Microfluidics is the science of designing, manufacturing, and formulating devices and systems that deal with volumes of fluid on the order of nanoliters or picoliters. Advances in microfluidics technology have paved the way for new systems to synthesize, purify, and rapidly screen chemicals, biologicals, and materials using integrated, massively-parallel, miniaturized platforms. Microfluidics, as the term is used in this report, encompasses both:
- Microfluidic components: The demand for individual components (mainly to systems assemblers); assessment of this would include market forecasts for manufacturers of the components and fabrication-related businesses.
- Microfluidic systems: End-user demand for systems; assessment of this would include market forecasts for areas such as proteomics and drug delivery.
Microfluidic instruments and processing are important to the future of medical research, as well as the chemical and pharmaceutical industries. Microfluidic devices hold the promise of small analytical laboratories on a chip to identify, separate, and purify cells, biomolecules, toxins, and other materials with greater speed, sensitivity, efficiency, and affordability than standard instruments. Other potential applications of microfluidic devices include detecting chemical and biological warfare agents, delivering precise amounts of prescription drugs, keeping tabs on blood parameters for hospital patients, and monitoring the qualities of air and water.
The field of microfluidics is poised for rapid growth. Over the past decade, a technological revolution has occurred through the application of electronic chip design and fabrication techniques, which has led to the creation of commercialized microsystems. The use of MEMS is now widespread throughout many industries.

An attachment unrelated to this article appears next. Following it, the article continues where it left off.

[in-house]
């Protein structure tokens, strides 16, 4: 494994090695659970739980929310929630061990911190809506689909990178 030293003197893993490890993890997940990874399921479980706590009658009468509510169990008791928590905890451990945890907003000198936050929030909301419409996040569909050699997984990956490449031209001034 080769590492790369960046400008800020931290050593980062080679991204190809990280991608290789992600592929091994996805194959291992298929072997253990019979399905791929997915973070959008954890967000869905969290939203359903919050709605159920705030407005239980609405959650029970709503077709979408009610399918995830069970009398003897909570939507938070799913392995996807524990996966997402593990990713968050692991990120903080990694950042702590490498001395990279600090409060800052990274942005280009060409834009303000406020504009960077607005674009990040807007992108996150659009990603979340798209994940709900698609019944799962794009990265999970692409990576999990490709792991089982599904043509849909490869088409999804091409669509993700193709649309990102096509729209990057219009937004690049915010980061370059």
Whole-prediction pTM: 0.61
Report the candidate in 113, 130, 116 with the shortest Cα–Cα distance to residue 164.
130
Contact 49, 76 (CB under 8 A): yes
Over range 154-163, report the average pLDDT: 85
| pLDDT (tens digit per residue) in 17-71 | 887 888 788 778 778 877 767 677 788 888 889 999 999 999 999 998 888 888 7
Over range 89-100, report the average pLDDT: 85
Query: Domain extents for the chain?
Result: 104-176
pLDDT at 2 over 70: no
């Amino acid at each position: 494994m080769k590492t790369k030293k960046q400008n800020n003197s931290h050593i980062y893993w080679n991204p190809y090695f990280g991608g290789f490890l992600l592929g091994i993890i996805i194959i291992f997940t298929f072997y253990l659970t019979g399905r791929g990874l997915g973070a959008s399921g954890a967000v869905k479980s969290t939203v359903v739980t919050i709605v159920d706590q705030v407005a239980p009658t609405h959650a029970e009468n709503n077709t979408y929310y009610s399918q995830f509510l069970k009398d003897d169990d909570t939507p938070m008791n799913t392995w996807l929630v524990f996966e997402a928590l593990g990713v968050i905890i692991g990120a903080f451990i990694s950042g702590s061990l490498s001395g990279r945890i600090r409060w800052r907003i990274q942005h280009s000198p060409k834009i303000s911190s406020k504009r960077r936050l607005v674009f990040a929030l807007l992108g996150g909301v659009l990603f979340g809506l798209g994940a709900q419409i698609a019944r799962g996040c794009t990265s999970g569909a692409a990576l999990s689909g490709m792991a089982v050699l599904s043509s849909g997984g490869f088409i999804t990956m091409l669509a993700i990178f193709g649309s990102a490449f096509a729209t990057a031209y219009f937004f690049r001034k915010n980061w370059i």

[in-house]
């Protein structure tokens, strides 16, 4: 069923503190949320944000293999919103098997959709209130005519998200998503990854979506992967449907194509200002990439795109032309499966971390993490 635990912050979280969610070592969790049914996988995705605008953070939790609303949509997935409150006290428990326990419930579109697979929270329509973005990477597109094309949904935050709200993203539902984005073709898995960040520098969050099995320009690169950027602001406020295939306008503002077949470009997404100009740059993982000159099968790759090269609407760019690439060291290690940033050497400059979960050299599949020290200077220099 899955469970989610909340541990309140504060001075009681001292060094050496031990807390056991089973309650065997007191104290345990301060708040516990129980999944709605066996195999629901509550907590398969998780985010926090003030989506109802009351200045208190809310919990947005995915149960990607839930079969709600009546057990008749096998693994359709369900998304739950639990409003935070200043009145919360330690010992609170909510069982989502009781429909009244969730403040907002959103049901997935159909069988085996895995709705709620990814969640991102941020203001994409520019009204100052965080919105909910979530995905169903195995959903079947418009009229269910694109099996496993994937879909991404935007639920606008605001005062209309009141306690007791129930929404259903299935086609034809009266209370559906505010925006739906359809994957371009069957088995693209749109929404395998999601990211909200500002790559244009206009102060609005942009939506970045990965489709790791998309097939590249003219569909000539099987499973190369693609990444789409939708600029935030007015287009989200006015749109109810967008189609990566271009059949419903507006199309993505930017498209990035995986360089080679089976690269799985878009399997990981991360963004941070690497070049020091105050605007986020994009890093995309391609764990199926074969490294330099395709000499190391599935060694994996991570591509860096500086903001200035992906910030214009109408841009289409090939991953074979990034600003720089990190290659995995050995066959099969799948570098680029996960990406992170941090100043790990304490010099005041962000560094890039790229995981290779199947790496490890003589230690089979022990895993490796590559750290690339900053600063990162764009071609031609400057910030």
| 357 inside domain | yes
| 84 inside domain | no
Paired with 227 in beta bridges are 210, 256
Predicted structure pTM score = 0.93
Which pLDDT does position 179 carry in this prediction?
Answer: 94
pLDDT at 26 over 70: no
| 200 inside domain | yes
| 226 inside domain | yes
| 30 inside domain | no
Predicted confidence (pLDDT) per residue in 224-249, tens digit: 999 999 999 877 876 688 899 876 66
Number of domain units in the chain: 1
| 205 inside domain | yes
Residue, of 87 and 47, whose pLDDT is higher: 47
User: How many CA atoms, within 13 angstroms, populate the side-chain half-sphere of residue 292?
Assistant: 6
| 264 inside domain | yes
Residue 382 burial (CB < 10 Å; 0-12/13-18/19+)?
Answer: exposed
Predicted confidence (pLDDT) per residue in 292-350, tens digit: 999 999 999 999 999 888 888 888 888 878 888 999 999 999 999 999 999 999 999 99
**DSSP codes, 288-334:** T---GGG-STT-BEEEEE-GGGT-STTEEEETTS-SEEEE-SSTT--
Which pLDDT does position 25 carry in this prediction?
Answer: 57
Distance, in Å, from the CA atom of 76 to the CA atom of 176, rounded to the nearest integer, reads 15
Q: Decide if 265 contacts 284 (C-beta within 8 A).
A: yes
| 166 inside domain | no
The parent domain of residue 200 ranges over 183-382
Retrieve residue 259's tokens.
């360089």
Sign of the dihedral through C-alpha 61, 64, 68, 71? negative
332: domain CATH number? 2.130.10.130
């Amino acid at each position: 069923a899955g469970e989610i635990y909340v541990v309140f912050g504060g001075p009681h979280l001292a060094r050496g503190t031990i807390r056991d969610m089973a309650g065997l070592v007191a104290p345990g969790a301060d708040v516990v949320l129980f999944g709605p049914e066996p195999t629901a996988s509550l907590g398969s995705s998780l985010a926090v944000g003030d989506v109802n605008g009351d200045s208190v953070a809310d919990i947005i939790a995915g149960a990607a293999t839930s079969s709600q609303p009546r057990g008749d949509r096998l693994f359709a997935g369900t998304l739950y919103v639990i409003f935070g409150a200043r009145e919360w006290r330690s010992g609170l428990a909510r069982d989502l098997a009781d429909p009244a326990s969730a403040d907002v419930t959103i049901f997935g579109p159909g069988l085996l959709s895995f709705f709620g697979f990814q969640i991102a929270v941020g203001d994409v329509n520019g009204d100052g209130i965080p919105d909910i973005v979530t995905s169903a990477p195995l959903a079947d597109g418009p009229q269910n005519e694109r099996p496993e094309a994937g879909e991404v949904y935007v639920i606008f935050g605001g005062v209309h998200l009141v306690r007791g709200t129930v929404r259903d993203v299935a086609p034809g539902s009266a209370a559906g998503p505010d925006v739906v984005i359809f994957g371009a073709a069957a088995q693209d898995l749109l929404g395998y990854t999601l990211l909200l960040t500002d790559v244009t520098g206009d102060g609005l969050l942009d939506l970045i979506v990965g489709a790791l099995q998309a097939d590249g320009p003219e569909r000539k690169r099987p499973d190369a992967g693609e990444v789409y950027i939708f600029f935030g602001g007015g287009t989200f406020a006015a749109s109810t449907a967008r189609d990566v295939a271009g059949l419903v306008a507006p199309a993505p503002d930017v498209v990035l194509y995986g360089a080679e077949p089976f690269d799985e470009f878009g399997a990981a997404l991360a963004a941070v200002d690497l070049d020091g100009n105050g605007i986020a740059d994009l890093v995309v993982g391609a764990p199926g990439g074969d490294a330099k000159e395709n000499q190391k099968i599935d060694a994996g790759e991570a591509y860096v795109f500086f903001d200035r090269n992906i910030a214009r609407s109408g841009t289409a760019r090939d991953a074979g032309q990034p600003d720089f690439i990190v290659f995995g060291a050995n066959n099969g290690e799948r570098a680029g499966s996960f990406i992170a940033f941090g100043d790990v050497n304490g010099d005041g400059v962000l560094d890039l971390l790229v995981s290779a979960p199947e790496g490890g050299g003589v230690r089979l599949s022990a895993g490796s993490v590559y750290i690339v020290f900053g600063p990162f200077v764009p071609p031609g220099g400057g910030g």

Microfluidics adds to the functionality of many MEMS devices and is opening up new applications and areas for commercialization. The technology enables complex chemical and biological reactions to be carried out and analyzed using extremely small sample volumes, typically in the nanoliter range. This is especially useful in drug discovery, diagnostic testing, and genomics, where the manipulation of complicated and expensive biological fluids is required. Because samples can remain concentrated, microfluidics testing results in faster response times. In addition, the miniature size of the components allows for the construction of compact high-throughput systems that otherwise would take up immense amounts of laboratory space.
The chemical and life-science industries are developing a wide range of analytical and diagnostic applications using microfluidic technologies. Immediate practical applications of microfluidics include DNA sequencing and analysis, high-throughput DNA screening, protein analysis, clinical diagnostics, drug discovery, and pharmacogenomics. Additional fields of use include industrial applications, polymer synthesis, combinatorial drug synthesis, food monitoring, bioagricultural applications, environmental monitoring, military applications, and micropumps for medical devices.
The above is an extract from the BCC Research report, Microfluidics: Technologies and GlobalMarkets (SMC036D). To download the complimentary first chapter, please click above.